The framework presented has been prepared as a guide to financial institutions as they look at expansion opportunities or to donors who wish to fund financial service development in targeted areas.

The paper begins by briefly setting out generic challenges faced by MOFIs. It then discusses the concept of carrying capacity and considers the question "what institutional typology is the most appropriate in which setting?" This section starts with a look at different settings (usefully summarised in a market characteristics matrix) and what types of institutions have worked best (to date) in those settings. The section concludes with a representation of the relationship between market potential and the cost of service delivery, which it calls the "Carrying Capacity Curve" for financial markets – this shows the acceptable level of cost of delivering the needed services in order to remain sustainable in different markets.

The paper then looks at defining the different types of institutions, their products, and their characteristics before moving on to address the challenges faced by different typologies. The paper sees the largest gaps in the financial system in areas with high incidence of poverty, not able to carry high cost institutions, have low population densities, and have tenuous links with financial systems of urban areas.

Author Grant, W and Coetzee, G
Publisher ECIAfrica
Number of Pages 16 pp.
Primary Language English (en)
Region / Country Global
Keywords Member-Owned Financial Institutions, Financial Service Associations
Related Resources
Les enjeux de la microfinance: quel rôle pour le financement rural et agricole? Journal Article 2005

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Ce document analyse les enjeux généraux de la microfinance et de son intervention plus spécifique dans le financement rural et agricole. Il s’adresse aux dirigeants des institutions de microfinance qui opèrent dans les zones rurales, notamment dans le secteur agricole. La première section du document examine l’évolution actuelle de la microfinance. La deuxième section souligne les nouveaux enjeux du secteur qui paraissent déterminants dans quatre directions, comme la nécessité d’un développement structuré, l’opportunité d’engager une diversification sécurisée des services offerts et dans certains cas de la clientèle, la possibilité d’améliorer l’impact économique et social de la microfinance, la refonte des outils et des partenariats. La troisième section présente l’implication de la microfinance dans le financement agricole et rural. Enfin, il conclut que l’intérêt et l’impact des services financiers, qu’ils soient apportés par des institutions de microfinance ou par des banques (ou micro-banques) spécialisées, resteront limités en milieu rural et faibles en milieu agricole sans une évolution (révolution) parallèle du système agricole.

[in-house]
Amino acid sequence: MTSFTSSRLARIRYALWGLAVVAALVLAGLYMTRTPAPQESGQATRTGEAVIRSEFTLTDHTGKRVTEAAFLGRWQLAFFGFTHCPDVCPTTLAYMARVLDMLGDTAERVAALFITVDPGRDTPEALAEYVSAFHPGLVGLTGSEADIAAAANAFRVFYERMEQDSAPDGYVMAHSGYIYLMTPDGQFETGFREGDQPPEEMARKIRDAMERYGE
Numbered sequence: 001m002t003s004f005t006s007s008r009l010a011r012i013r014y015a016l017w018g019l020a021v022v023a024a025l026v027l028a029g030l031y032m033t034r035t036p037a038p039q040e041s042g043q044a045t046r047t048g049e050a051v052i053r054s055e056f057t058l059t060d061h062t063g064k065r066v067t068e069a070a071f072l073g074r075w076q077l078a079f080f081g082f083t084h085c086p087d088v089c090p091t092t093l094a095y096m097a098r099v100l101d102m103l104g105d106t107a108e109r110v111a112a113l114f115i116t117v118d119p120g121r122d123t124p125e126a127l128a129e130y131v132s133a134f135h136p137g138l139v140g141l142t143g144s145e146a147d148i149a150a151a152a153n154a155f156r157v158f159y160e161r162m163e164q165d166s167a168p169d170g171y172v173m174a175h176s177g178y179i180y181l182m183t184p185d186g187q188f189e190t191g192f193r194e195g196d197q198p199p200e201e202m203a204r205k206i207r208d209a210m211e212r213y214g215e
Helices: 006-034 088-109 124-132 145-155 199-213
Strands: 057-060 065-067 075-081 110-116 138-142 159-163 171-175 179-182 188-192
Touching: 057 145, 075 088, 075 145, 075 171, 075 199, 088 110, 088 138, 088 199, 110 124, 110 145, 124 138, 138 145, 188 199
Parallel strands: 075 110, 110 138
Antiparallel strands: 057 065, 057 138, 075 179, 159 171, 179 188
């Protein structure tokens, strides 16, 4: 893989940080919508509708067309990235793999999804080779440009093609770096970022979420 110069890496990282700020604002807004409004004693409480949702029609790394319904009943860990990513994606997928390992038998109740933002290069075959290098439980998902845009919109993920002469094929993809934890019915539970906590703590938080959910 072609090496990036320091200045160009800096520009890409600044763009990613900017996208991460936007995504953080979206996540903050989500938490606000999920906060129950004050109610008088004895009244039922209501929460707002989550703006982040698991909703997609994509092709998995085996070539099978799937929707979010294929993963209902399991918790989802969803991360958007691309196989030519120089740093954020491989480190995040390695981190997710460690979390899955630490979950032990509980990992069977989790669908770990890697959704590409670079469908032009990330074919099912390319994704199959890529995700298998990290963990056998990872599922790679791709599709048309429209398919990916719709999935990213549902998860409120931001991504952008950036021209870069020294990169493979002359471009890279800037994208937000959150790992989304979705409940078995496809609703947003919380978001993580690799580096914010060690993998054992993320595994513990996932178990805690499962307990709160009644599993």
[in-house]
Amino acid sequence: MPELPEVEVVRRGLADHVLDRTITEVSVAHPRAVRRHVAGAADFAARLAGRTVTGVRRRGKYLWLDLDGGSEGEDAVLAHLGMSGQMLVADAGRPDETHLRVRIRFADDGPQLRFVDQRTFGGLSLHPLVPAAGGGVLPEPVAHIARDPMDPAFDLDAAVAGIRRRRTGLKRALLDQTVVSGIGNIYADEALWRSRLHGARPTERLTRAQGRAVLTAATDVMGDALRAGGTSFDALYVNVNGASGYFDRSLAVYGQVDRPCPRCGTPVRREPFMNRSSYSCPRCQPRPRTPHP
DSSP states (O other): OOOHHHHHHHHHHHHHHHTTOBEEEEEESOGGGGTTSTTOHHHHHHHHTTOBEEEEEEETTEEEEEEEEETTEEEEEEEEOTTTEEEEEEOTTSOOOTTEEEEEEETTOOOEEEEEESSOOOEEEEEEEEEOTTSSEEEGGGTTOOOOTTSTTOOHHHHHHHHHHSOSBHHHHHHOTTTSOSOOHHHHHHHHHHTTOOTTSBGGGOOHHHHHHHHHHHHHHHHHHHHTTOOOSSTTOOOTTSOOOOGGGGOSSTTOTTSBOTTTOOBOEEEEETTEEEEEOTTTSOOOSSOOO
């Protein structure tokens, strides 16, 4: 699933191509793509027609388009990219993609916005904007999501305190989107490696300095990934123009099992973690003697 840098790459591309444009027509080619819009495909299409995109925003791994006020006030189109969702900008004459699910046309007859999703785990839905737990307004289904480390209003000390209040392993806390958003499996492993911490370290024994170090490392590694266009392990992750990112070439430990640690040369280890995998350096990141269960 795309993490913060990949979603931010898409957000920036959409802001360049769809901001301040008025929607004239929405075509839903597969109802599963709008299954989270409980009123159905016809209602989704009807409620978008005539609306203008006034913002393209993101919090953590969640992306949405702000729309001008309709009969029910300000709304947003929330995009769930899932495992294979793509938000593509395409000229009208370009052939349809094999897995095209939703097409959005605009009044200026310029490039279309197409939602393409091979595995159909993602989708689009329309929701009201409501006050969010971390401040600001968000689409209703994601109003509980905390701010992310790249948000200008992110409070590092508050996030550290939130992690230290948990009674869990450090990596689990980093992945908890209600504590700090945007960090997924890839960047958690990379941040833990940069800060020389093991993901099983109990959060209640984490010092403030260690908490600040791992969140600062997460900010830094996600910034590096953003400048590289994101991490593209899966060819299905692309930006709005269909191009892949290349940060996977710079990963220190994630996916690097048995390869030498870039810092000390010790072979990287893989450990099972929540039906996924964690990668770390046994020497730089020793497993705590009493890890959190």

Access to Capital in Rural Thailand: An Estimated Model of Formal vs. Informal Credit Paper 2005

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Why do informal credit channels persist, even when formal or quasi-formal microfinance is well-developed, and what does it tell us about the nature of information and transactions costs in SME credit markets? These are the questions addressed by Xavier Giné in his new working paper on access to capital in rural Thailand. To explain the coexistence of borrowing from informal and formal sources, even by the same borrowers, Xavier examines the relative importance of two features:

  1. higher transactions costs to borrow from formal lenders - he finds that it costs on average about $30 to do so, whereas borrowing from an informal lender incurs negligible transactions costs and
  2. limited ability of formal lenders to enforce debt contracts.

A model is presented that embodies these features and implies that formal sources will be used more to finance fixed capital (because it can be used as collateral), informal to finance working capital. In order to estimate the relevant parameters, Xavi uses Townsend's dataset of 2612 Thai households, comparing the behavior of different households depending on whether they self-finance, borrow only from formal or informal sources, or from both. Interestingly, it is the households who borrow from formal institutions that report they would be able to expand their business profitably, a response which he takes to imply credit constraints. Despite the nonnegligible average transactions costs, Xavi discovers that it is the enforcement problem that is by far the most important in affecting access. Armed with this finding, he points out the policy implications: subsidized lending will help little, but land-titling could be a valuable reform.

Review written by Michael Skully in DevFinance.

Author Giné, X.
Publisher The World Bank
Number of Pages 41 pp.
Primary Language English (en)
Region / Country Global, Asia, Southern Asia
Keywords Agricultural Credit, Transaction Costs
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Microfinanzas Rurales: Experiencias y Lecciones para America Latina Paper 2004